The duo were questioned by Brisbane police on Friday in relation to an assault that left a taxi driver in a critical condition in hospital.
While the ARU bucked expections of an alcohol ban for all players at the World Cup, a meeting between the team hierarchy decided to impose a midnight curfew for the tournament and at all related training camps prior to the event in France.
Australian Rugby Union chief John O'Neill, head coach John Connolly, captain Stirling Mortlock, team manager Phil Thomson, assistant team manager Chris Webb, ARU head of legal Nick Weeks and ARU general manager of the high performance unit Pat Howard headed the meeting and made it clear to Tuqiri and Dunning of the standards required of them in the national team.
O'Neill said: "The ARU has made it abundantly clear to both players how disappointed we are that they put themselves in harm's way and that the warning they have been issued should not be taken lightly.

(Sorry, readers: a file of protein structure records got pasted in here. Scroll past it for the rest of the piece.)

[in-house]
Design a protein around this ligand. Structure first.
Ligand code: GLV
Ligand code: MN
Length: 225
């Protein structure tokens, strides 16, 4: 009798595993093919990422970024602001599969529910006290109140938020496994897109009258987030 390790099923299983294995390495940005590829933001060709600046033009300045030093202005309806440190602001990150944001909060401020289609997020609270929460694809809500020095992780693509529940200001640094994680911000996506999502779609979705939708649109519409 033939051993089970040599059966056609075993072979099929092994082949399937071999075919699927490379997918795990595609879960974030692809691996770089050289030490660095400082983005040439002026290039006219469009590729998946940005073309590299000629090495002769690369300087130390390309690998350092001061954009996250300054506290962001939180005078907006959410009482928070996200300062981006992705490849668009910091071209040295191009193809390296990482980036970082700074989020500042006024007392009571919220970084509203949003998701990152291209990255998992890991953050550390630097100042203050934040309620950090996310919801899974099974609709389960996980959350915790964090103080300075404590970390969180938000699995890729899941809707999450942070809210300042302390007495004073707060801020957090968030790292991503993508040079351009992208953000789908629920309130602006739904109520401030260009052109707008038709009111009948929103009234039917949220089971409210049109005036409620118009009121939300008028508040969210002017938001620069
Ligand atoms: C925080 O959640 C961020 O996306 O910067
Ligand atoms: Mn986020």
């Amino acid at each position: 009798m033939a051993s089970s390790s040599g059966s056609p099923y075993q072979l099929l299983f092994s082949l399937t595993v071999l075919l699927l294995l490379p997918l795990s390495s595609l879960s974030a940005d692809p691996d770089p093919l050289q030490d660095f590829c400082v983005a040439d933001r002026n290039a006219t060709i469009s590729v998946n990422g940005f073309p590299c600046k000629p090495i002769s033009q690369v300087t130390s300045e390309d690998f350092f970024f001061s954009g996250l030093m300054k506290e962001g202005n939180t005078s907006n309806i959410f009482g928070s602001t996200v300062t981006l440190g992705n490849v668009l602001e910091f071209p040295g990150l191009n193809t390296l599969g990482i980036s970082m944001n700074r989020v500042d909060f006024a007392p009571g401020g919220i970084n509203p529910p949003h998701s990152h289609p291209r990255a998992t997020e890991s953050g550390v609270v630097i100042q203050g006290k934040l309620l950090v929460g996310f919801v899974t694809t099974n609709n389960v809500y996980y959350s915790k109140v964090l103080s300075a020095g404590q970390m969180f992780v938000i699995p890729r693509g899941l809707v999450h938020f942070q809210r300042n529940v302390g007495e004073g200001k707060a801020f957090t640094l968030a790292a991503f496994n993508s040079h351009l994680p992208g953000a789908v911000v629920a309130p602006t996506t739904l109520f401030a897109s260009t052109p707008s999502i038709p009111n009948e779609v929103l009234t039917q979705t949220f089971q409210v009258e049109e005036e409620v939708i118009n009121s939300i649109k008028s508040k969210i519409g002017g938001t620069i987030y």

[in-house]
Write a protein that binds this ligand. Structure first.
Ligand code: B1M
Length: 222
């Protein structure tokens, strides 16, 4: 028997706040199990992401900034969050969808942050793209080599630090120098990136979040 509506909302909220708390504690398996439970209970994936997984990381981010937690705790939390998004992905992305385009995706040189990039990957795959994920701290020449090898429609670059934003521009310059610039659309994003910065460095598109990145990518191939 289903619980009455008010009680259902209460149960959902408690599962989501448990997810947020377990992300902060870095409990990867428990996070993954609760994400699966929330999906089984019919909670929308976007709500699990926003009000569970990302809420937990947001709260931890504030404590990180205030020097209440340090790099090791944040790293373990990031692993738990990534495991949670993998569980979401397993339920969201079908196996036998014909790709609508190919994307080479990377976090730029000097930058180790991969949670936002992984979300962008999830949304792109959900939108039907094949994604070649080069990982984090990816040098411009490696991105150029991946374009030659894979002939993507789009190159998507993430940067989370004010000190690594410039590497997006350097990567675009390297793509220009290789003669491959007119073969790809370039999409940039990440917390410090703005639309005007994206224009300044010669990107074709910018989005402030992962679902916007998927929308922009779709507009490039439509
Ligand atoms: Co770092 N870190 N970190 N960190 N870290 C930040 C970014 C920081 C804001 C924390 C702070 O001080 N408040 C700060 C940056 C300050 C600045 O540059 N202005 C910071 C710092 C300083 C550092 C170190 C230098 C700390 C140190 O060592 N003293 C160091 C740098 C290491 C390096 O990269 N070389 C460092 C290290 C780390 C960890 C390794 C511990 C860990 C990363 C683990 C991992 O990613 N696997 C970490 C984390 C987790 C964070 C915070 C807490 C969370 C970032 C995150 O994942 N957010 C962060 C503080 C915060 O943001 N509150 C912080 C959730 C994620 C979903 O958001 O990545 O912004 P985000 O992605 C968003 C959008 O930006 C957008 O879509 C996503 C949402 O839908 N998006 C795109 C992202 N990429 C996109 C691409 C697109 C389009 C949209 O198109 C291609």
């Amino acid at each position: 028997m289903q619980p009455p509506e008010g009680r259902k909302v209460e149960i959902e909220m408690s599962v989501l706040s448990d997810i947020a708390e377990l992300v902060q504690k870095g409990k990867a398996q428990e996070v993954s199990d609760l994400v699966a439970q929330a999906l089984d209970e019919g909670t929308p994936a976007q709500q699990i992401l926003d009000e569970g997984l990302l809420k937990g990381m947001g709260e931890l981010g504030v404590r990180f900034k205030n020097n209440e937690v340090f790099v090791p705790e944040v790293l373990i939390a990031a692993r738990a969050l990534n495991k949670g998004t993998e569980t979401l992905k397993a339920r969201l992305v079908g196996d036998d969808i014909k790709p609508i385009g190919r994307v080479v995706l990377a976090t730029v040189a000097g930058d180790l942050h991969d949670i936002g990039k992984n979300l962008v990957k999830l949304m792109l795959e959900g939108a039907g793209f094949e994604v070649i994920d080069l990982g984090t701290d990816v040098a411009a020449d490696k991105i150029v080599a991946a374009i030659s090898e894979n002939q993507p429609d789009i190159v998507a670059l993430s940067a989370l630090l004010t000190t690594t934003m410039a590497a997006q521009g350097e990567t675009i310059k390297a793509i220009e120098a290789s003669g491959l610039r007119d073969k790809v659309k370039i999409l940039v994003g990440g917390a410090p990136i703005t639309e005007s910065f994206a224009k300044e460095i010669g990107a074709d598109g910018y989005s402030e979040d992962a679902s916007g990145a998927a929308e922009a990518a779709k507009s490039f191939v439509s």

"Being a Wallaby is an honour, not a right. These individuals are looked up to by the community and there are high standards they are expected to meet.
"Exposing themselves, the team and the game to intense and unnecessary scrutiny and criticism clearly does not meet these standards.
"We have told the players in no uncertain terms that this is a very serious warning they have been issued and that they should be very mindful of their conduct in the future, as a repeat of this behaviour will not be tolerated.
"I expect today's meeting and the subsequent warning will serve as a strong reminder of their responsibilities."
While an alcohol ban has not been imposed, O'Neill made it clear to Tuqiri and Dunning that good judgement and discretion should be imposed while drinking.